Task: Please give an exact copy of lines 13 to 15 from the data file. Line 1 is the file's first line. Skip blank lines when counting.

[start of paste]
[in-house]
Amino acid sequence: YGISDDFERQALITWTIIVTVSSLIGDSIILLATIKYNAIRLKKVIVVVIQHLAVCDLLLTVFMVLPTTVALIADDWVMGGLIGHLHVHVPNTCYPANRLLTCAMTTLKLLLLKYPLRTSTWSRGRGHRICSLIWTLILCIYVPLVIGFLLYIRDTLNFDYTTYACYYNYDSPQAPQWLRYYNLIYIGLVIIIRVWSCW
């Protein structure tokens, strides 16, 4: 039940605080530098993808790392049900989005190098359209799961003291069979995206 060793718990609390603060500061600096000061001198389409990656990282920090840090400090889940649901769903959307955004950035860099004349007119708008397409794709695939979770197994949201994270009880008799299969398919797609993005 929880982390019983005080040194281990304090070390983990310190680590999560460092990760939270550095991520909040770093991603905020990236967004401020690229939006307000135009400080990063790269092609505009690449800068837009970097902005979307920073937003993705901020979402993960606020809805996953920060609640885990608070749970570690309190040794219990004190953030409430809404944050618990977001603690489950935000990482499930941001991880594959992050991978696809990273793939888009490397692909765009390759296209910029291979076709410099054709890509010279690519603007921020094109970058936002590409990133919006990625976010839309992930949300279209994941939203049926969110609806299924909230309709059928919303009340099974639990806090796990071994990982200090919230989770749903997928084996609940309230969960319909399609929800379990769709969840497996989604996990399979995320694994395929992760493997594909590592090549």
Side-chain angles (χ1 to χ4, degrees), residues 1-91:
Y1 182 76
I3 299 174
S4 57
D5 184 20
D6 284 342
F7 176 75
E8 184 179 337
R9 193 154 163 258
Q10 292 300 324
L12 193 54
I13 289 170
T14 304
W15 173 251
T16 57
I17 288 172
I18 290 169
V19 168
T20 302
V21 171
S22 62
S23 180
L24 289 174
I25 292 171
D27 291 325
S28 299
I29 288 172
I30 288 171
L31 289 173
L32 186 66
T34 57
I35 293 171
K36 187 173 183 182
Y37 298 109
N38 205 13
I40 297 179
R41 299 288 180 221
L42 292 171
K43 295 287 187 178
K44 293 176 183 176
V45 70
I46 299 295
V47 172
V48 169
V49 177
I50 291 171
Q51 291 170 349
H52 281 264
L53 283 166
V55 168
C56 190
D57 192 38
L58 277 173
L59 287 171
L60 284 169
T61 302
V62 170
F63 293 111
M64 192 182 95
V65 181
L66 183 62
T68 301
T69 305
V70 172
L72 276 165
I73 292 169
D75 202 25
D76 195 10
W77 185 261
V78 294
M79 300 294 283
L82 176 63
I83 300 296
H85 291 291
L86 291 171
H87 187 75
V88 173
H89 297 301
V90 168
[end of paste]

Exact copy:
Q10 292 300 324
L12 193 54
I13 289 170